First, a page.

In a letter addressed to the head of the Church in Lebanon, Pope Francis makes an urgent appeal to political and religious leaders and to the international community to help the nation surmount the grave crisis in which it finds itself and resume a normal existence.
Writing on Christmas Eve to Cardinal Béchara Boutros Raï, Patriarch of Antioch of the Maronites and President of the Assembly of the Catholic Patriarchs and Bishops of Lebanon, the Pope says his words are for the “Lebanese people, without distinction of community or religion.”
They are words, he says, “of comfort and encouragement as we celebrate the Nativity of our Lord Jesus Christ, the Prince of Peace.”
Sharing his concern and sorrow to see the suffering and anguish that has engulfed Lebanon undermining its resilience and resourcefulness, the Pope says, “It is even more painful to see you deprived of your precious aspirations to live in peace and to continue being, for our time and our world, a message of freedom and a witness to harmonious coexistence.”
In particular, Pope Francis expresses his sorrow for the many young people of Lebanon “robbed of any hope for a better future.”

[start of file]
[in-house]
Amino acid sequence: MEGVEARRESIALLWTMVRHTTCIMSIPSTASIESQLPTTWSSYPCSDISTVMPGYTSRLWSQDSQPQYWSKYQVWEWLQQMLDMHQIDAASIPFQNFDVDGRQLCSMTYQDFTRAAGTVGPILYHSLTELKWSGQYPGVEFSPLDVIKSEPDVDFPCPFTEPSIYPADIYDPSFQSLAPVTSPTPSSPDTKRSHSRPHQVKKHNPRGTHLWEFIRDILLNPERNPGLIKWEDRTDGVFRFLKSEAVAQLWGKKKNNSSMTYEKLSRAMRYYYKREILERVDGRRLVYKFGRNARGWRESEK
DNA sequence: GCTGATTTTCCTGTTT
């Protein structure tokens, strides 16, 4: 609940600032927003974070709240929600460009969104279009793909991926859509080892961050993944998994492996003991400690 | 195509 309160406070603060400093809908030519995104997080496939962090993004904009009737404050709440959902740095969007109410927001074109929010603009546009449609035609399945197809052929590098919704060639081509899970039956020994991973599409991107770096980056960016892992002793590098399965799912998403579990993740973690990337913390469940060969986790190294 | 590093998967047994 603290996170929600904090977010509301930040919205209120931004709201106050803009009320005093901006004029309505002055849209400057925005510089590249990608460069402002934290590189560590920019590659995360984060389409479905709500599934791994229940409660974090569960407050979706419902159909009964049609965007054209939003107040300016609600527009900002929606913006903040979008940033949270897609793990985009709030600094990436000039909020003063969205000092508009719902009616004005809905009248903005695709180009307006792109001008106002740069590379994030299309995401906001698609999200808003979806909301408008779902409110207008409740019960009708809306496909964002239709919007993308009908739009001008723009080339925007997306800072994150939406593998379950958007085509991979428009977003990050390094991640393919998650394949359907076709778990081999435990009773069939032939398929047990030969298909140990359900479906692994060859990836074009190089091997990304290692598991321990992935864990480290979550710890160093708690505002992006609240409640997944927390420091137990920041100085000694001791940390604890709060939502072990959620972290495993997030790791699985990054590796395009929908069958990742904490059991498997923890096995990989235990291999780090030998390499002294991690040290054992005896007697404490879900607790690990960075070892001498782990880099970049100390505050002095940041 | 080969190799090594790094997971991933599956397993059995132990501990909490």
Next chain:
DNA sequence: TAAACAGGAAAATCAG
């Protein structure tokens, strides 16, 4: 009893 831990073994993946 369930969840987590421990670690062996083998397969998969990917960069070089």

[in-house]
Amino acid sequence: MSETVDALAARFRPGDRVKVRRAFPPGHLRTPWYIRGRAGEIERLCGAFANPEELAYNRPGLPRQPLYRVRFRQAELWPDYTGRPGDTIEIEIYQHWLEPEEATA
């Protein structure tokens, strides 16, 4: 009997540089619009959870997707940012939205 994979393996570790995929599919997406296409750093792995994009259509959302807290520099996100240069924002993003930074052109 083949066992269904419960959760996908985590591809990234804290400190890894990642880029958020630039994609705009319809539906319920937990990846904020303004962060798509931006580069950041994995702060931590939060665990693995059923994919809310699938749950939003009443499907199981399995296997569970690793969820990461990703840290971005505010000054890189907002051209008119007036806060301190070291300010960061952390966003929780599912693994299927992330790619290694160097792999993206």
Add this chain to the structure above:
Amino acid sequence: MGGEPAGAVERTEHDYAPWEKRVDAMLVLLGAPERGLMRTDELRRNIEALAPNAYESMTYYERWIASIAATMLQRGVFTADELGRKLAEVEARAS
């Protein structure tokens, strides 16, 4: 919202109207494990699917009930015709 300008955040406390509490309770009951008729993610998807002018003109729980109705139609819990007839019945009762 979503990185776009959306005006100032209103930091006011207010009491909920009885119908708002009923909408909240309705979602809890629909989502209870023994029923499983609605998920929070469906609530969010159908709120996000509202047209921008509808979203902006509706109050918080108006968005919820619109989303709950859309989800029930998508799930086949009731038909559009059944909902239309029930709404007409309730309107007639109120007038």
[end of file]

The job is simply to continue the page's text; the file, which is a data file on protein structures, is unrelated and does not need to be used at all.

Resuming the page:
Pope Francis launches an appeal to political and religious leaders, whom he says have the responsibility of acting on behalf of the people to “seek the best interest of the public.”
“Your time should not be dedicated to pursuing your own gain, your action is not for yourselves, but for the state and the nation you represent,” he tells them
And reiterating his wish to visit Lebanon as soon as possible, the Pope also has an appeal for the international community: “Let us help Lebanon to stand apart from conflicts and regional tensions. Let us help Lebanon to surmount this grave crisis and resume a normal existence.”
The Pope is due to visit Iraq March 5-8.
In a separate message written jointly with Archbishop of Canterbury Justin Welby, who is the spiritual leader of the worldwide Anglican communion, and Church of Scotland moderator Martin Fair, the three church leaders committed to making a previously delayed trip to majority Christian South Sudan “as things return to normalcy.”
The message was addressed to South Sudan’s leaders, former rivals who formed a national unity government in February after years of civil war ravaged the oil-producing yet poor nation.
Main Photo: A handout picture provided by the Vatican Media shows Pope Francis during his weekly general audience at Biblioteca del Palazzo Apostolico library in Vatican City, 23 December 2020. EPA-EFE/VATICAN MEDIA
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